The Color of Time is available on iTunes, Amazon Instant Video and On Demand now and is playing in select theatres from Starz Digital.
There’s one drama on James Franco’s resume that made the actor tear up watching it.
Not because of his soulful performance in “The Color of Time,” but the pride he has in the filmmakers behind it — Franco’s former students from the graduate film program at NYU.
“I remember after seeing it, at the end I was pretty embarrassed because I was actually crying a little bit and I never do that,” Franco tells the Daily News of the film’s premiere at the Rome Film Festival two years ago.
“It was really a proud teacher moment. It took me a couple of seconds to stand up because I was a little teary eyed by the end of that screening.”
You couldn’t script a story like the one behind the student film that finally arrives in New York in December: Franco rounded up a band of his students and several former classmates from his own time at the NYU program, also enlisting famous acting peers like Mila Kunis and Jessica Chastain.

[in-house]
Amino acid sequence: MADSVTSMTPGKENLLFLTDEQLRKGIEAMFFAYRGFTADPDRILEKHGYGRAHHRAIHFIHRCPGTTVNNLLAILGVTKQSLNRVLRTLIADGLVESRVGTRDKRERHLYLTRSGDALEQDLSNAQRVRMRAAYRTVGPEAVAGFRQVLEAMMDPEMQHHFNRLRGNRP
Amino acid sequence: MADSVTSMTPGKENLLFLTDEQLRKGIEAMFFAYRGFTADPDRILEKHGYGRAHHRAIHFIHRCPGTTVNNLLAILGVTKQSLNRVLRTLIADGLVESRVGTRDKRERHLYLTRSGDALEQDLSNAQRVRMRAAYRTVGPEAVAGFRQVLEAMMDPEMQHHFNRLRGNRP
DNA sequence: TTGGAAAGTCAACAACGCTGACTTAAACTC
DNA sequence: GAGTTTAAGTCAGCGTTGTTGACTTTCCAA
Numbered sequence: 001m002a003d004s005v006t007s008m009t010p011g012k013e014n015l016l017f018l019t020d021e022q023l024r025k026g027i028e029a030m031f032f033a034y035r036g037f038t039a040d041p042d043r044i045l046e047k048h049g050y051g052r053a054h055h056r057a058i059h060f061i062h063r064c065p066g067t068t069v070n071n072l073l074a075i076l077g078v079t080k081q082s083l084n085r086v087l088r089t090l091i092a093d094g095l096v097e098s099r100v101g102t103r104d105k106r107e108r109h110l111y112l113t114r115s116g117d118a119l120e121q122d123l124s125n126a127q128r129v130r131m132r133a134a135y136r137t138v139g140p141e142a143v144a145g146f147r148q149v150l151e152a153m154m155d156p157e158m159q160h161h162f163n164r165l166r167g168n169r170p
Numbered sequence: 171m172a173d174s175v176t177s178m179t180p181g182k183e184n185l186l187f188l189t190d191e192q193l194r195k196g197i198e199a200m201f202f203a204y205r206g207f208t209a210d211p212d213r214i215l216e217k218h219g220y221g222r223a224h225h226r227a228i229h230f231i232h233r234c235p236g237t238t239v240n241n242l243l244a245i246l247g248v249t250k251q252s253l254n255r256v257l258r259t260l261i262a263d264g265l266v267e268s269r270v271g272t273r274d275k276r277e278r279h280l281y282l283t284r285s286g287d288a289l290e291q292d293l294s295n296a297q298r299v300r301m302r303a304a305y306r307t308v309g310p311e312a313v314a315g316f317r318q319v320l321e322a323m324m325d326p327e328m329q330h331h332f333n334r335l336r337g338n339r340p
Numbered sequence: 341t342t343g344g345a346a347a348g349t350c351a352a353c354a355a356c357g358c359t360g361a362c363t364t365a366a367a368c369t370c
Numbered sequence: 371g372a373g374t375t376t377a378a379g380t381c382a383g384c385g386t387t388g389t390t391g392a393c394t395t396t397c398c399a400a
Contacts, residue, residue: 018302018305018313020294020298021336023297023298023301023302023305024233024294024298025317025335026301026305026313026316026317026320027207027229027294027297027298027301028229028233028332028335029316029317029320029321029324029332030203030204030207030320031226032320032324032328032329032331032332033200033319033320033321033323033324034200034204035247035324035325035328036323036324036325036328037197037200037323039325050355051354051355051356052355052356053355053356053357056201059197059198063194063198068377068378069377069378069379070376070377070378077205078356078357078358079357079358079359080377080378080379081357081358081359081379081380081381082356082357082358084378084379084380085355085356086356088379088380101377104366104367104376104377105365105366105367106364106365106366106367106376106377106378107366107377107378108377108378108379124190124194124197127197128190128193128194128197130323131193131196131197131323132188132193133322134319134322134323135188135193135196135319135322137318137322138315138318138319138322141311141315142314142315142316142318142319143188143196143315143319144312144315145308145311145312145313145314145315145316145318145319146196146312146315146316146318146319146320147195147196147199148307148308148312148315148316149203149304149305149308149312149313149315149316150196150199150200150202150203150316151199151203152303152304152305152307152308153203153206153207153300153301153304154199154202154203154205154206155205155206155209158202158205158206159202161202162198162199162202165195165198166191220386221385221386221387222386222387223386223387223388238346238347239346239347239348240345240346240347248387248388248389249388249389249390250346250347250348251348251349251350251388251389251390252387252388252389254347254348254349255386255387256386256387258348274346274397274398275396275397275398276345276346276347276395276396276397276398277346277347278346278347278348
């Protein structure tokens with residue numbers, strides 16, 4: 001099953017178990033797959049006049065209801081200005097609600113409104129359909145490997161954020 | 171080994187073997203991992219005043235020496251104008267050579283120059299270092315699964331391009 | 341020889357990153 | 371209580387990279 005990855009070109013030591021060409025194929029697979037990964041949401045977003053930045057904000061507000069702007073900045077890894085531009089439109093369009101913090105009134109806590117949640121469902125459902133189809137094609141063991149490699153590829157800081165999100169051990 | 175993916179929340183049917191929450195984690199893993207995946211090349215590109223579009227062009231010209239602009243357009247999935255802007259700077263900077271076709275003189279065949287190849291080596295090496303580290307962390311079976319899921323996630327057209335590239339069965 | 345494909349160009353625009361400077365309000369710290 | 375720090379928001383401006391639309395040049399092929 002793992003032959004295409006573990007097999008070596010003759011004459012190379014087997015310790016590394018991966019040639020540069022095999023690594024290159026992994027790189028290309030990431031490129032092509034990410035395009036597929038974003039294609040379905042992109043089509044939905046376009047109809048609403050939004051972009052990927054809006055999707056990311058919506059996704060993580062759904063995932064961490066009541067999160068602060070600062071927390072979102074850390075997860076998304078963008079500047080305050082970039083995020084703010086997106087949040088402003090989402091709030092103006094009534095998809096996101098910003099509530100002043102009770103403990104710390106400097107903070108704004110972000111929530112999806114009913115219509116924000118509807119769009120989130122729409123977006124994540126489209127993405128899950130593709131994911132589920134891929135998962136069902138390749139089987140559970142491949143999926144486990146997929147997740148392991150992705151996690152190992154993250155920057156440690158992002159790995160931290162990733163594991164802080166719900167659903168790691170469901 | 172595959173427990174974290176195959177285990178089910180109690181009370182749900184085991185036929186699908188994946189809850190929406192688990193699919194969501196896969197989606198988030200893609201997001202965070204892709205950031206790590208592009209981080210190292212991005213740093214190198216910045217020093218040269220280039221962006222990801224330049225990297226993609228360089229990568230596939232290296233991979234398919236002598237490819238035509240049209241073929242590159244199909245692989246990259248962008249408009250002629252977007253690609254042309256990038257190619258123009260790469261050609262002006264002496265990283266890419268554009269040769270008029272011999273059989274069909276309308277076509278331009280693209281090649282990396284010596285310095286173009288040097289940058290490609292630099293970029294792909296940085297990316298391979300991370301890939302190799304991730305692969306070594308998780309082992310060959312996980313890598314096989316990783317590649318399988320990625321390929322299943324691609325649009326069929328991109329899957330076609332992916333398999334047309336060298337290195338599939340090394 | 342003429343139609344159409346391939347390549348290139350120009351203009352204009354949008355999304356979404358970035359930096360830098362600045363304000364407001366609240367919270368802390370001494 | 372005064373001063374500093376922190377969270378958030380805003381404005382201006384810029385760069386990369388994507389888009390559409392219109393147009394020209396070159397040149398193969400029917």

“There are a lot of people who would look at a project like this and say, ‘You’re going to take 12 really strong willed people who are all here because they have a very specific vision and you’re going to make something that is one voice out of that?,’” says Pamela Romanowsky, 31, one of the directing dozen. “It’s a challenge and a risk, and James is the kind of person who loves a challenge and a risk.”
Right from the first act of the movie adaptation of C.K. Williams’ poetry, the fledgling filmmakers got the kind of education you can’t get in a classroom.
When Franco went off to Detroit to film “Oz the Great and Powerful” in 2011, his students followed him to snag time with their teacher each night at 8 p.m. after he wrapped filming his Hollywood tentpole flick.
“The budget was so low on this film, that I drove the first equipment truck with one of the line producers from New York to Detroit through a blizzard,” says Shruti Ganguli, 32, who was drafted to be a first-time producer since she was earning an MBA at NYU at the same time as her film degree.
“I learned what ‘hydroplaning’ was when it happened to me.”
It helped that Franco doubled as a casting director. When co-director Gabrielle Demeestere needed to stock a convenience store clerk to shoot her segment, “James was like, ‘Oh why don’t we just have (his ‘Oz’ co-star) Bruce Campbell and this hilarious Detroit driver in Detroit and we can just have the two of them?’
“I didn’t know what to expect but they were amazing bantering improvers,” adds the Brooklyn-based NYU grad.